COMPTON, Calif. — As Danny Afflalo walks out of his house and into his backyard on a cloudless Sunday, you learn why he moved here in 1999 and one of the reasons why his son, Orlando Magic guard Arron Afflalo, enjoyed living here.
A decades-old pecan tree towers over the one-story, stucco house. The family dog — a Rottweiler and Labrador retriever mix named Yoshi — runs free in a fenced-in enclosure. From a neighboring yard, the sounds of chickens clucking and roosters crowing fill the air.
This isn't some country town. It's the Richland Farms neighborhood within Compton, a city just south of Los Angeles.
"It has some serenity to it," Danny says. "It's peaceful like this most of the time. There's shootings and stuff like that. Right in the streets, somebody just got killed the other day. It's not a good area, but it's kind of peaceful around here. There's always something happening. The area's like this for some reason. It's still Compton."
Compton also is the place where Arron grew up and became a high-school basketball star. He lived primarily with his dad from 1999 until he enrolled at UCLA, and those years helped develop him into the person and player he is today.
"I think that the image and everything about Compton just came from a little bit of gang violence because it was so vested in that small area," Arron said recently. "But it shaped me a little bit. It made me tougher. It kind of created my demeanor a little bit. It's a rough neighborhood, but it also created a lot of character for me."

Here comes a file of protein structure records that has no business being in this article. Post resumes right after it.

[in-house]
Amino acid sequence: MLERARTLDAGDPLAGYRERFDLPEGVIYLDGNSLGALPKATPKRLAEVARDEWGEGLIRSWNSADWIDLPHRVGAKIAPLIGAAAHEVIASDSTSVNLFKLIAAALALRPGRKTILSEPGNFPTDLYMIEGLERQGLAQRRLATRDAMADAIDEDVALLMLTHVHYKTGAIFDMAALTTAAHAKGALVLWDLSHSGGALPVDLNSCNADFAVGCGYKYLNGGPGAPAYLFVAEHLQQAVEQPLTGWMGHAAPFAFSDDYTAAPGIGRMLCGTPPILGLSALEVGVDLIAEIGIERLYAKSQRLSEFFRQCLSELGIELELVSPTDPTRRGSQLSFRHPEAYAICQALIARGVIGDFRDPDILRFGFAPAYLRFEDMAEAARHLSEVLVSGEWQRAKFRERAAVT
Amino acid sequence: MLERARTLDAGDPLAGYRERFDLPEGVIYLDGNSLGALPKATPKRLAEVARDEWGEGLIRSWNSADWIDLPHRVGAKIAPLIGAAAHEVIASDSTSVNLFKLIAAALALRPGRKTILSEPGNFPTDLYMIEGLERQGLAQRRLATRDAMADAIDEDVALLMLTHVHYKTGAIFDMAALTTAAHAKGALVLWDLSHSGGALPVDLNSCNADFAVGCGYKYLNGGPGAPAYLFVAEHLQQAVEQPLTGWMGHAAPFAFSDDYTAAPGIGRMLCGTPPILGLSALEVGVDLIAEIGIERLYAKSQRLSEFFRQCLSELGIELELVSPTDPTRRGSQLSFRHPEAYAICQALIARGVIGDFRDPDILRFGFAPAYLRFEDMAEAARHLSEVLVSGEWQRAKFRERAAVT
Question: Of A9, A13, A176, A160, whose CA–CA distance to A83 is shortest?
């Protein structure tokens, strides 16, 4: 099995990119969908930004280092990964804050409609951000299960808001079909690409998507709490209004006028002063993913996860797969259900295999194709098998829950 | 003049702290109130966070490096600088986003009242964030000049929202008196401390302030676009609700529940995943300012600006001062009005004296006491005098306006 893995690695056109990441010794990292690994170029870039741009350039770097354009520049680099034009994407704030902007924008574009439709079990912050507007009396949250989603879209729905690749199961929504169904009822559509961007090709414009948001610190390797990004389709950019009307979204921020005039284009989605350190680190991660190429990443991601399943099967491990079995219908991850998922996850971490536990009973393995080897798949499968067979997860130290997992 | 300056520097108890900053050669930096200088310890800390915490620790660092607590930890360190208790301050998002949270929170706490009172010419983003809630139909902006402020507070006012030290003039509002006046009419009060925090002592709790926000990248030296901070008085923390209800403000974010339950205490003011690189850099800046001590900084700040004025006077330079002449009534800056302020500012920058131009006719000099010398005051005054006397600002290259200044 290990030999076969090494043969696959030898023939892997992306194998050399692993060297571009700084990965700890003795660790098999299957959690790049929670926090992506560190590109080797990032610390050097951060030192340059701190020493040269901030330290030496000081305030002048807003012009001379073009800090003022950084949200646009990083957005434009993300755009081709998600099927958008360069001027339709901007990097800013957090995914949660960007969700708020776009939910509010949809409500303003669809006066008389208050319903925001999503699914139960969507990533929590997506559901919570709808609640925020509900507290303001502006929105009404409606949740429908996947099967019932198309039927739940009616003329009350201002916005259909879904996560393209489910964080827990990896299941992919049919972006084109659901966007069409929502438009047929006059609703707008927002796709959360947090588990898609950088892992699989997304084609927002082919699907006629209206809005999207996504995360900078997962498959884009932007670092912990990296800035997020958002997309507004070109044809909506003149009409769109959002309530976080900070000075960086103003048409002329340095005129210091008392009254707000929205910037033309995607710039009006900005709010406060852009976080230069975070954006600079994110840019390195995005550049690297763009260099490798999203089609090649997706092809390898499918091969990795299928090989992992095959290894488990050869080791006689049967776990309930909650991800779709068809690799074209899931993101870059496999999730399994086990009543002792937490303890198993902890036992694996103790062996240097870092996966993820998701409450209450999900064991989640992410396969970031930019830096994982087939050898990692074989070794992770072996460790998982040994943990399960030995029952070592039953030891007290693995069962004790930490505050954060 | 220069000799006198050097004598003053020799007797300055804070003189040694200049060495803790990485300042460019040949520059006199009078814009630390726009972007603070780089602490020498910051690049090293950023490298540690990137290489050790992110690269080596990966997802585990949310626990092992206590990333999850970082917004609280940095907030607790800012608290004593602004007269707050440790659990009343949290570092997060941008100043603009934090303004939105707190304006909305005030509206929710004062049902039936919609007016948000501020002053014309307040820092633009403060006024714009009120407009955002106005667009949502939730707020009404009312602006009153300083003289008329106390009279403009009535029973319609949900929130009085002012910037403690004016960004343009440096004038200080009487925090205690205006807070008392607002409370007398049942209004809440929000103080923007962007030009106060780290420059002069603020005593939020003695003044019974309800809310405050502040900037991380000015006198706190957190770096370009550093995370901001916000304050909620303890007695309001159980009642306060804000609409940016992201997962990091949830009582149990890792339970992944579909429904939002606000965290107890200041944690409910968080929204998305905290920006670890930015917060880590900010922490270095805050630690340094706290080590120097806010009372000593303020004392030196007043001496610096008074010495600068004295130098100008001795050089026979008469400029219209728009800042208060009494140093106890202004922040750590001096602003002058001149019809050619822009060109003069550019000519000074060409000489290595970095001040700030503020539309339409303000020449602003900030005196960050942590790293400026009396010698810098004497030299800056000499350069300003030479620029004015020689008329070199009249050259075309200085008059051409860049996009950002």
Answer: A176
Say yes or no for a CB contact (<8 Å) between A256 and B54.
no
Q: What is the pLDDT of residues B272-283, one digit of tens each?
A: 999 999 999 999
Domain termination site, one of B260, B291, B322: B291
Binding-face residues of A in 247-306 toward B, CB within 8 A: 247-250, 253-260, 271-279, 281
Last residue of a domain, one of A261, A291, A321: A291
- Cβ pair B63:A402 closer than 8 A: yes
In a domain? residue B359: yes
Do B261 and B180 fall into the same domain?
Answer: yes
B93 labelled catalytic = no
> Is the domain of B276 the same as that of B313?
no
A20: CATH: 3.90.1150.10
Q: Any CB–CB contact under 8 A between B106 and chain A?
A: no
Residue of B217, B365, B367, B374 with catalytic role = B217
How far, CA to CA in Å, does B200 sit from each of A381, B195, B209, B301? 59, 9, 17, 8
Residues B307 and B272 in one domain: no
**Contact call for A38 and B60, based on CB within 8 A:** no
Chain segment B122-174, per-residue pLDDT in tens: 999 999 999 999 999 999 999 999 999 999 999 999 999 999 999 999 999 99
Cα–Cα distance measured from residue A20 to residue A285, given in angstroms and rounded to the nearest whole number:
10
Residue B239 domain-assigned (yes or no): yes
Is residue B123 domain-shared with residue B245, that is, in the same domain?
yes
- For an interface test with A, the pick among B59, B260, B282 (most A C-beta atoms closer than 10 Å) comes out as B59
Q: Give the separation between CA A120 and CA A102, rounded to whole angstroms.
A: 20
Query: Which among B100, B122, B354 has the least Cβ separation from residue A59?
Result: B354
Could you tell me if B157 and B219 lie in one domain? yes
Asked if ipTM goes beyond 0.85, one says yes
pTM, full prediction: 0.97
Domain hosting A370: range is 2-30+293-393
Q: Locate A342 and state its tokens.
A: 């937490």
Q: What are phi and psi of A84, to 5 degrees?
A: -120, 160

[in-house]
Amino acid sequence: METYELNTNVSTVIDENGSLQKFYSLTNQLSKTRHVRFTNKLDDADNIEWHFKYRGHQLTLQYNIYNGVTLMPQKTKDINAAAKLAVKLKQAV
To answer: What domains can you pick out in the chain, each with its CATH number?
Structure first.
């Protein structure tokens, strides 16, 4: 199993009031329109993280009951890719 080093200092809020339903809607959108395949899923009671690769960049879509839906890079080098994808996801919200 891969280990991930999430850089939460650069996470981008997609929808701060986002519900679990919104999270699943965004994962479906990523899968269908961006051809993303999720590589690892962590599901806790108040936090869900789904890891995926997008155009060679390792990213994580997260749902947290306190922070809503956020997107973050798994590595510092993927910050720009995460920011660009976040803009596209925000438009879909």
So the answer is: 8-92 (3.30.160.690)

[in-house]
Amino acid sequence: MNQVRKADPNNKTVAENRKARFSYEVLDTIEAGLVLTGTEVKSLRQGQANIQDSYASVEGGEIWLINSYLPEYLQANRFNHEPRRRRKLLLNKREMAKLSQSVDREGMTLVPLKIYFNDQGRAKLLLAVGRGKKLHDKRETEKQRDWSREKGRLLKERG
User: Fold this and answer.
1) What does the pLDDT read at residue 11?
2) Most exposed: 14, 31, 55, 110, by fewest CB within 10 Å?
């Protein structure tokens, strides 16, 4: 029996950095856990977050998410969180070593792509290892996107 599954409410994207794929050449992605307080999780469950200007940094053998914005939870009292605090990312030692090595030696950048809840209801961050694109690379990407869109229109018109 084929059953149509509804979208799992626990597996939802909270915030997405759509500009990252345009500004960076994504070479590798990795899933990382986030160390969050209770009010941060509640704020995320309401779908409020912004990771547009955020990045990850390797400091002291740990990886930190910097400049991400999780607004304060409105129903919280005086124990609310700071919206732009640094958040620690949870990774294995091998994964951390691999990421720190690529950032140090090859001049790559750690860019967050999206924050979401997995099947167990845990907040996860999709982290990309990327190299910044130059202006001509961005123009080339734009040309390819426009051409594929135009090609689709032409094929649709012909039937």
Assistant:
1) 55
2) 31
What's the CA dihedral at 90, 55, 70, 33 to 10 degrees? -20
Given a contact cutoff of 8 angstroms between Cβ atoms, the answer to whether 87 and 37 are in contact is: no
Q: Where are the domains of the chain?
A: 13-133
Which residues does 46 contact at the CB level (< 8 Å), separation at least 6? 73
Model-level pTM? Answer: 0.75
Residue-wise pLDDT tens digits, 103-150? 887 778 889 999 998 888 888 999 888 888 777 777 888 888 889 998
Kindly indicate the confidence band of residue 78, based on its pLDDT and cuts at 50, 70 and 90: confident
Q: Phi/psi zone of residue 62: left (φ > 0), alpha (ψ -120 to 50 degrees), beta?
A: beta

Arron returned home Sunday, when he, his Magic teammates and coaches arrived in Southern California for their game Monday night against the Los Angeles Clippers at Staples Center.
In two games last season in Los Angeles, Afflalo helped lead the Magic to two wins — a 113-103 victory over the Lakers and a 104-101 victory over the Clippers. He scored 30 points in each game.
It's no coincidence that, in both games, he was playing in front of his dad and his mom, Gwendolyn Washington, and his friends.
Arron lived in Inglewood, Calif., and Carson, Calif., before he was a teenager, and moved in with his dad after his mom gave birth to his half-sister.
He's close to both of his parents, but he has a special bond with his father, Danny, a 55-year-old building mechanical inspector who works for the city of Los Angeles.
Danny is about 6-feet-3, two inches shorter than his son.
They have similarly shaped eyes. They walk with the same stride. They sound alike.
And they have the same work ethic.
When Danny bought his home in 1999, he also acquired three surrounding houses.
He fixed each of them up and rents them out.
Danny still lives in the house that he and Arron shared.
In the largest room, Arron's high-school and college trophies adorn shelves, while Arron's jerseys from the 2004 McDonald's All-American Game, UCLA and his first NBA team, the Detroit Pistons, hang on a wall in frames.
The room features an immaculate hardwood floor, but when Danny first moved into the house 15 years ago, the floor was simple concrete.
It's a rec room now, but back in Arron's early teens, it also served as Arron's weight room. Arron often played — and sometimes struggled — against older, stronger players. So, Danny advised him to start lifting weights.
"We were here by ourselves together," Danny says. "We just communicated. He saw me working. He saw me operating on a daily basis with people, and there was just a mutual respect."